Mitchington was right in his description of Bryce's habits --Bryce rarely went to bed before one o'clock in the morning. He liked to sit up, reading. His. favourite mental food was found in the lives of statesmen and diplomatists, most of them of the sort famous for trickery and chicanery--he not only made a close study of the ways of these gentry but wrote down notes and abstracts of passages which particularly appealed to him. His lamp was burning when Mitchington and Jettison came in view of his windows--but that night Bryce was doing no thinking about statecraft: his mind was fixed on his own affairs. He had lighted his fire on going home and for an hour had sat with his legs stretched out on the fender, carefully weighing things up. The event of the night had convinced him that he was at a critical phase of his present adventure, and it behoved him, as a good general, to review his forces.

The forestalling of his plans about the hiding-place in Paradise had upset Bryce's schemes--he had figured on being able to turn that secret, whatever it was, to his own advantage. It struck him now, as he meditated, that he had never known exactly what he expected to get out of that secret--but he had hoped that it would have been something which would make a few more considerable and tightly--strung meshes in the net which he was endeavouring to weave around Ransford. Now he was faced by the fact that it was not going to yield anything in the way of help--it was a secret no longer, and it had yielded nothing beyond the mere knowledge that John Braden, who was in reality John Brake, had carried the secret to Warchester--to reveal it in the proper quarter. That helped Bryce in no way--so far as he could see. And therefore it was necessary to re-state his case to himself; to take stock; to see where he stood--and more than all, to put plainly before his own mind exactly what he wanted.

And just before Mitchington and the detective came up the path to his door, Bryce had put his notions into clear phraseology. His aim was definite--he wanted to get Ransford completely into his power, through suspicion of Ransford's guilt in the affairs of Braden and Collishaw. He wanted, at the same time, to have the means of exonerating him--whether by fact or by craft--so that, as an ultimate method of success for his own projects he would be able to go to Mary Bewery and say "Ransford's very life is at my mercy: if I keep silence, he's lost: if I speak, he's saved: it's now for you to say whether I'm to speak or hold my tongue--and you're the price I want for my speaking to save him!" It was in accordance with his views of human nature that Mary Bewery would accede to his terms: he had not known her and Ransford for nothing, and he was aware that she had a profound gratitude for her guardian, which might even be akin to a yet unawakened warmer feeling. The probability was that she would willingly sacrifice herself to save Ransford--and Bryce cared little by what means he won her, fair or foul, so long as he was successful. So now, he said to himself, he must make a still more definite move against Ransford. He must strengthen and deepen the suspicions which the police already had: he must give them chapter and verse and supply them with information, and get Ransford into the tightest of corners, solely that, in order to win Mary Bewery, he might have the credit of pulling him out again. That, he felt certain, he could do--if he could make a net in which to enclose Ransford he could also invent a two-edged sword which would cut every mesh of that net into fragments. That would be--child's play--mere statecraft --elementary diplomacy. But first--to get Ransford fairly bottled up--that was the thing! He determined to lose no more time--and he was thinking of visiting Mitchington immediately after breakfast neat morning when Mitchington knocked at his door.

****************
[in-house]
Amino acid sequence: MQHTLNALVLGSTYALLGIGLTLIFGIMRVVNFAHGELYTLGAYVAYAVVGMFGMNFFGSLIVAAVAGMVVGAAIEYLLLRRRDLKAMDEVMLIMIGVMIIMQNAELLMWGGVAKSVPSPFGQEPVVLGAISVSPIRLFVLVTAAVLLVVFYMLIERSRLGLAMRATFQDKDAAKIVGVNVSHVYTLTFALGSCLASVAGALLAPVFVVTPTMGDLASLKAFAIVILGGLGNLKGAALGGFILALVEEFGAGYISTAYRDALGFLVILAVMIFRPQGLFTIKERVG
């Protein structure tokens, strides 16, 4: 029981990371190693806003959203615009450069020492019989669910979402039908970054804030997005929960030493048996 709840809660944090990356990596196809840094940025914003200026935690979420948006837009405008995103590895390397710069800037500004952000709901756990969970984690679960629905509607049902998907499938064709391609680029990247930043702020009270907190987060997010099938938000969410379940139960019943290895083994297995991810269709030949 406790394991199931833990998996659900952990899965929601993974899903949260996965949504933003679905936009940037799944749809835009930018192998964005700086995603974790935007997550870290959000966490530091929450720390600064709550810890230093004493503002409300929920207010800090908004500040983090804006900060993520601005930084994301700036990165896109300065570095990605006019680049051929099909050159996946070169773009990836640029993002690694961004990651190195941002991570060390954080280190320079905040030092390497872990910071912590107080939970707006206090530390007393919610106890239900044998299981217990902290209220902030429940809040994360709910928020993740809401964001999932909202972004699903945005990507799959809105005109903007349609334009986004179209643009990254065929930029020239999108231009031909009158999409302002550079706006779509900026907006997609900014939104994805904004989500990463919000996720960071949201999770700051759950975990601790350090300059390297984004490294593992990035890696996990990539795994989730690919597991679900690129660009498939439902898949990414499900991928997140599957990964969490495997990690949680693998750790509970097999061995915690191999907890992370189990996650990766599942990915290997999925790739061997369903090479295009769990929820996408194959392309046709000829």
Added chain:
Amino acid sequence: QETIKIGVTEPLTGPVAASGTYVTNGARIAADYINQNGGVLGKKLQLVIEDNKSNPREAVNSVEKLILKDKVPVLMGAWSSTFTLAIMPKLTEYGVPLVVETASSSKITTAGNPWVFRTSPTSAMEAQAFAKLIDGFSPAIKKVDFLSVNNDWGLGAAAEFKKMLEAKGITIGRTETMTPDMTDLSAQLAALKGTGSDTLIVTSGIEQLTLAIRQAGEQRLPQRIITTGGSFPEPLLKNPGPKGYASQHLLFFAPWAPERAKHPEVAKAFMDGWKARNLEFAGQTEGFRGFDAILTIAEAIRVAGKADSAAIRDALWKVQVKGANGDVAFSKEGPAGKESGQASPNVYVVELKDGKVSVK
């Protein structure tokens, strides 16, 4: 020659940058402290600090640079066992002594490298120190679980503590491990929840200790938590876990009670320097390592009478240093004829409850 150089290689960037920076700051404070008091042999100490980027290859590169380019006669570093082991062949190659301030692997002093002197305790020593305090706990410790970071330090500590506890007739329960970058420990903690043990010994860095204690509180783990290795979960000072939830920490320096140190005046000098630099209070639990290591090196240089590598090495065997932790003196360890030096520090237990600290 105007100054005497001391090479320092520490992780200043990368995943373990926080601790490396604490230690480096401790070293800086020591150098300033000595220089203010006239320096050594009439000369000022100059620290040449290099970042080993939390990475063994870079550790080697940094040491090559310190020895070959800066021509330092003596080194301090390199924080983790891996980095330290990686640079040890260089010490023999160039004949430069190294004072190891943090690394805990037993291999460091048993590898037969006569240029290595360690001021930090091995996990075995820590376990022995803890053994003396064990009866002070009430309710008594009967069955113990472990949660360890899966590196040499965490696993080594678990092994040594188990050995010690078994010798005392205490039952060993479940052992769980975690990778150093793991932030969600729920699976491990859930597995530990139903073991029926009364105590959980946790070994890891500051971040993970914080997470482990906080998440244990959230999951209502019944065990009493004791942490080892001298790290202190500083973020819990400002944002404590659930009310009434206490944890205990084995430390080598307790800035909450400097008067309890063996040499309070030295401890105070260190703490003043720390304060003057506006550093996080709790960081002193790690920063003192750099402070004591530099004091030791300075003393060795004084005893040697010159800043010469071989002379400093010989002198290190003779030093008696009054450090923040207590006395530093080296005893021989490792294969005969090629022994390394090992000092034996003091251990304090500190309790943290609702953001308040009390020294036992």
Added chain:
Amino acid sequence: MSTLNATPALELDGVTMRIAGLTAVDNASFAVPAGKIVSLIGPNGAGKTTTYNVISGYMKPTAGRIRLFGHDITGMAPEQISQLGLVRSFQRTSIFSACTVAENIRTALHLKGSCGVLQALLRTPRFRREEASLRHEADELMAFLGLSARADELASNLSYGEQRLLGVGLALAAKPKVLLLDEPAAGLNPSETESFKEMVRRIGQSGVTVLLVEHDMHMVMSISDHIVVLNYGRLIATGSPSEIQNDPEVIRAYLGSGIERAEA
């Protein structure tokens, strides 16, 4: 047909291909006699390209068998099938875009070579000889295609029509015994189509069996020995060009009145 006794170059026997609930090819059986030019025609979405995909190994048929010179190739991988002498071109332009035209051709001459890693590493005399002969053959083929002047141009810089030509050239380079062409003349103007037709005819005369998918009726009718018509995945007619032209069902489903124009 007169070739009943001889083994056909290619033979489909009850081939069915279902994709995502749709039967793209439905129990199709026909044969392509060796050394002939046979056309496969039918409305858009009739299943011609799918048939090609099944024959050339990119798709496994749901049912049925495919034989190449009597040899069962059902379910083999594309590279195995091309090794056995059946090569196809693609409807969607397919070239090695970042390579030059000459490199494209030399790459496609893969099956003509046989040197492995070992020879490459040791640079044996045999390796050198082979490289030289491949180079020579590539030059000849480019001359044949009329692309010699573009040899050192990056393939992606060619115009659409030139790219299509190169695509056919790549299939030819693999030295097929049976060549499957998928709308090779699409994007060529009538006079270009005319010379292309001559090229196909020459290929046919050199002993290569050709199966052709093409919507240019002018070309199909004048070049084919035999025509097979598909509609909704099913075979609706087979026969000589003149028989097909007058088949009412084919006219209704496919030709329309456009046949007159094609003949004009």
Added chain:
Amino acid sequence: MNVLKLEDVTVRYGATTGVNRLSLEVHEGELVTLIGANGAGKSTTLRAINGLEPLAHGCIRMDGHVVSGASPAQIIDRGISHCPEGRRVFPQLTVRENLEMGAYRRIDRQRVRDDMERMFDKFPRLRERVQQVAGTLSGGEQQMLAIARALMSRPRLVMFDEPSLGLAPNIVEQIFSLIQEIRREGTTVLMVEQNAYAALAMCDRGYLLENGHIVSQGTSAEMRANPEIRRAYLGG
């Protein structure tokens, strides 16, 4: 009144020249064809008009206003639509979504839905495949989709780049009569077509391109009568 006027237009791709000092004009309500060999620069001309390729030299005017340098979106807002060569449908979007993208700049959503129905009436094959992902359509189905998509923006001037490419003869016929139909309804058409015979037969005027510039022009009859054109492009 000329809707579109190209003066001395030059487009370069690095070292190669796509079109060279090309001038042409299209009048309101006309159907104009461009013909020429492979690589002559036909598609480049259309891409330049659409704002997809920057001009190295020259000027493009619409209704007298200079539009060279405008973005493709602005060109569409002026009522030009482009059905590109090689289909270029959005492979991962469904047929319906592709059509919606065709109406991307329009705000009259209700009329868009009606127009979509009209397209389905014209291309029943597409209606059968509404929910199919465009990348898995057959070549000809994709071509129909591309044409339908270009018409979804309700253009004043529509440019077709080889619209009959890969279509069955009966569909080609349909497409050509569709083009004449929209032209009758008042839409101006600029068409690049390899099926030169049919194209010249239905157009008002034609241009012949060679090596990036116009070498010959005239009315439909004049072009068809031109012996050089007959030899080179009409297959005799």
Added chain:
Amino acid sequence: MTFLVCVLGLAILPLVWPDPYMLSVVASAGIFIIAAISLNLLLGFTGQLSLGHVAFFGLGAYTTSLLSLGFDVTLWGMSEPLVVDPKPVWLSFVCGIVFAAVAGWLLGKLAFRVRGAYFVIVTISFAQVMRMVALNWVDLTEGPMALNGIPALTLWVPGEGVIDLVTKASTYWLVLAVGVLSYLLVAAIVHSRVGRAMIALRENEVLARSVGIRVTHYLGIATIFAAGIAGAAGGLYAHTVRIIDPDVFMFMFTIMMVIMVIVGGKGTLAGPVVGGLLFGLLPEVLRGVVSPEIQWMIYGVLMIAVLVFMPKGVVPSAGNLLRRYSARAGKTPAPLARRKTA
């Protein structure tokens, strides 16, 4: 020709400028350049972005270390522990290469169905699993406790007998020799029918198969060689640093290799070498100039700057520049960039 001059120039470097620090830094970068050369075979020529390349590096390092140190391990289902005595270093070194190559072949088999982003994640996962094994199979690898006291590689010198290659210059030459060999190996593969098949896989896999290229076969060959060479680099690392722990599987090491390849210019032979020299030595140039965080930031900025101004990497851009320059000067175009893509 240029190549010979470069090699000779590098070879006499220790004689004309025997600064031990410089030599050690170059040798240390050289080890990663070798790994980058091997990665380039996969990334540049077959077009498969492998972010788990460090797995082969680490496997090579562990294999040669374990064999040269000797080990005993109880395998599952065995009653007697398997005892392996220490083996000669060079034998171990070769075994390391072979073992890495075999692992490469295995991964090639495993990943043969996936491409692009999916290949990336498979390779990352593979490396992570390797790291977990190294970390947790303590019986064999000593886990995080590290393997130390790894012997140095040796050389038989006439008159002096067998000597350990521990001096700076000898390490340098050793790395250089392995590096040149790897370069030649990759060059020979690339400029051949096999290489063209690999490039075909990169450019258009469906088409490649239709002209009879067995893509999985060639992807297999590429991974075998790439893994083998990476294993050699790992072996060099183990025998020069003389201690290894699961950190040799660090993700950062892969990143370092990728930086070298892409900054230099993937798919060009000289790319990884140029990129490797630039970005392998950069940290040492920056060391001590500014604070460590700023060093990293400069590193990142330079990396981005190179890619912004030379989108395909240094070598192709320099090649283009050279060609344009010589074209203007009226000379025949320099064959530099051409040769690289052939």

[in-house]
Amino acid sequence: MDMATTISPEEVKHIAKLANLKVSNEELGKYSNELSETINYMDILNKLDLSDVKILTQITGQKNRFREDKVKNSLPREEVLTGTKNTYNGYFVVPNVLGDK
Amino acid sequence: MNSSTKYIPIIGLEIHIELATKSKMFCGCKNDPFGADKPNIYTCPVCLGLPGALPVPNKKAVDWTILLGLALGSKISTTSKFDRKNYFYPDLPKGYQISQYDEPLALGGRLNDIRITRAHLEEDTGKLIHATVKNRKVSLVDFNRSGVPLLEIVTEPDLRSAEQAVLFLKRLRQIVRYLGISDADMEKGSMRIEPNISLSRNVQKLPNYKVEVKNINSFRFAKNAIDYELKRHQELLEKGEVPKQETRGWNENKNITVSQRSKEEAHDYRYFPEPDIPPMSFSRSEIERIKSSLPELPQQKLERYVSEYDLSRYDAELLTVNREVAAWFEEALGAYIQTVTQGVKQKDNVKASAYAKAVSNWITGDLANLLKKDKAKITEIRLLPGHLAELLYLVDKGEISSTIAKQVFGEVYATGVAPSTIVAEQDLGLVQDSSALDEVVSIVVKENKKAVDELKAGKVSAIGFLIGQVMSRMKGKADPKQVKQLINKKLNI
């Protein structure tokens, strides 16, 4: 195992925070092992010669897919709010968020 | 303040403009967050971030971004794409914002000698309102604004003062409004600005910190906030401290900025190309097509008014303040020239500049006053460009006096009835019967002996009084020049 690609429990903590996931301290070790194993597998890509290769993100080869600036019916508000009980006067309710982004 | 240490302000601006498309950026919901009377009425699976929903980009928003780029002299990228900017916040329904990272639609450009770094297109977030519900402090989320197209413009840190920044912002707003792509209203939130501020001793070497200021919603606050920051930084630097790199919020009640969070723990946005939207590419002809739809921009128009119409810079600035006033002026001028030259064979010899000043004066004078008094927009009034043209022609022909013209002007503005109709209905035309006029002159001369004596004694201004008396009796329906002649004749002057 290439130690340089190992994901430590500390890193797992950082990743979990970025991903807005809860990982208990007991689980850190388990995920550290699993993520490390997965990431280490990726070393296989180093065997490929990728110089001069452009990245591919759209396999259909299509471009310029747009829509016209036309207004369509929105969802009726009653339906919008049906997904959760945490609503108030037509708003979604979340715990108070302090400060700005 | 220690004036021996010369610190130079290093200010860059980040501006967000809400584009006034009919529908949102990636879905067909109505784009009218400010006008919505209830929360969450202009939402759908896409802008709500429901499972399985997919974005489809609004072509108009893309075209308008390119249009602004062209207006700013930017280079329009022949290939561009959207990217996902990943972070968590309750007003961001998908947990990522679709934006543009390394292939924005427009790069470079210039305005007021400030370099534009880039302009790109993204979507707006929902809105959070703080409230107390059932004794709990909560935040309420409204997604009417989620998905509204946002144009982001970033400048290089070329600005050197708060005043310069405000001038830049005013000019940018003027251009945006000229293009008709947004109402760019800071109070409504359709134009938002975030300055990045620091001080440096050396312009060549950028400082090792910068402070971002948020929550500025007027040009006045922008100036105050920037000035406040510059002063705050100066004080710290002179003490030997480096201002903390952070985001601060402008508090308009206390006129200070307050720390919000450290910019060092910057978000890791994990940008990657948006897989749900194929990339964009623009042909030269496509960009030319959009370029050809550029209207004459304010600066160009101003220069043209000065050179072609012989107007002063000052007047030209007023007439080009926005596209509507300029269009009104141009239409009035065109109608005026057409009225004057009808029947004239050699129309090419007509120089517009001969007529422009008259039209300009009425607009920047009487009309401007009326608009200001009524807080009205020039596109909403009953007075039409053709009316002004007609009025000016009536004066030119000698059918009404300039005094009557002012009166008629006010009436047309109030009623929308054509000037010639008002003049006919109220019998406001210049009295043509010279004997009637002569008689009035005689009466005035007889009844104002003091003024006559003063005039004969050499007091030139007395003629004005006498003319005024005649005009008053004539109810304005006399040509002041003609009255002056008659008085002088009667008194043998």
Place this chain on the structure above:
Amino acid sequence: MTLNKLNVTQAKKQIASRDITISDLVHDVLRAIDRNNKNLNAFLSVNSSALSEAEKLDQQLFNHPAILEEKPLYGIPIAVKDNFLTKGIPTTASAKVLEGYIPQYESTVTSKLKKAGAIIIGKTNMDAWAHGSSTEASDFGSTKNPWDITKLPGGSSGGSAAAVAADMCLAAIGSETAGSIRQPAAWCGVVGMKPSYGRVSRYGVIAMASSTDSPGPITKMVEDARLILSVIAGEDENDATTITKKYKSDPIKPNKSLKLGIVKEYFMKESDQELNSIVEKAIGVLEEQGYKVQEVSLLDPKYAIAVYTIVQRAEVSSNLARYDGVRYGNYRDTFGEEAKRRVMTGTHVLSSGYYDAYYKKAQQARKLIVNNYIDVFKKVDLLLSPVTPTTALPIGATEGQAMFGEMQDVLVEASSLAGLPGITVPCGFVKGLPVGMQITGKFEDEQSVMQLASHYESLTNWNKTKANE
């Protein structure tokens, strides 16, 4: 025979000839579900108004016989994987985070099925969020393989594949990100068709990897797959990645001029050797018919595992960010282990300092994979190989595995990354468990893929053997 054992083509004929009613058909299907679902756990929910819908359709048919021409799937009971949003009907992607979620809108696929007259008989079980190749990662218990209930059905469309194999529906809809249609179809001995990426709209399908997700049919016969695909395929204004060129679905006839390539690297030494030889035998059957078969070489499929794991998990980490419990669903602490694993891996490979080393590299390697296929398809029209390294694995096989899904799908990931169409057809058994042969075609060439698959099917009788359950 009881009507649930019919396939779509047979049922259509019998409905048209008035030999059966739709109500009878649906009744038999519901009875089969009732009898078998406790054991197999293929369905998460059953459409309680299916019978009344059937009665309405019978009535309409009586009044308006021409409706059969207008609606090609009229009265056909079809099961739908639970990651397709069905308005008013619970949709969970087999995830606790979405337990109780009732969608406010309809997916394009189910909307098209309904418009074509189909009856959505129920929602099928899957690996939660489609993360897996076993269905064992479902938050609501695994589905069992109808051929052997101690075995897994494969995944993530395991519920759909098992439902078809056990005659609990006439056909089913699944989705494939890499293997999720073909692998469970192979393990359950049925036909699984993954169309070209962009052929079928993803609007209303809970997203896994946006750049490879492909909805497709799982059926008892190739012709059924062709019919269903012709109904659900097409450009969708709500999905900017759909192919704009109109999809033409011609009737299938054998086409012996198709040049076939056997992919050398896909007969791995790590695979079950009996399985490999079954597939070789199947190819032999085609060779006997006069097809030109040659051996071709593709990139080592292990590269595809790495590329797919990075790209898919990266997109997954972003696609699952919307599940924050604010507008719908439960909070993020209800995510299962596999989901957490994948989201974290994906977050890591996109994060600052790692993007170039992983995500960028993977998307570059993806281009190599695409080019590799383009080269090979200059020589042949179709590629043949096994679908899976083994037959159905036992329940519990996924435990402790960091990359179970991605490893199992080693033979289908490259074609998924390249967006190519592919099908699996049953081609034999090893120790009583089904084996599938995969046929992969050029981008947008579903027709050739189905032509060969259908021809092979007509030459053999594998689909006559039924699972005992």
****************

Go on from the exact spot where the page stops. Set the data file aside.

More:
Bryce was rarely taken back, and on seeing Mitchington and a companion, he forthwith invited them into his parlour, put out his whisky and cigars, and pressed both on them as if their late call were a matter of usual occurrence. And when he had helped both to a drink, he took one himself, and tumbler in hand, dropped into his easy chair again.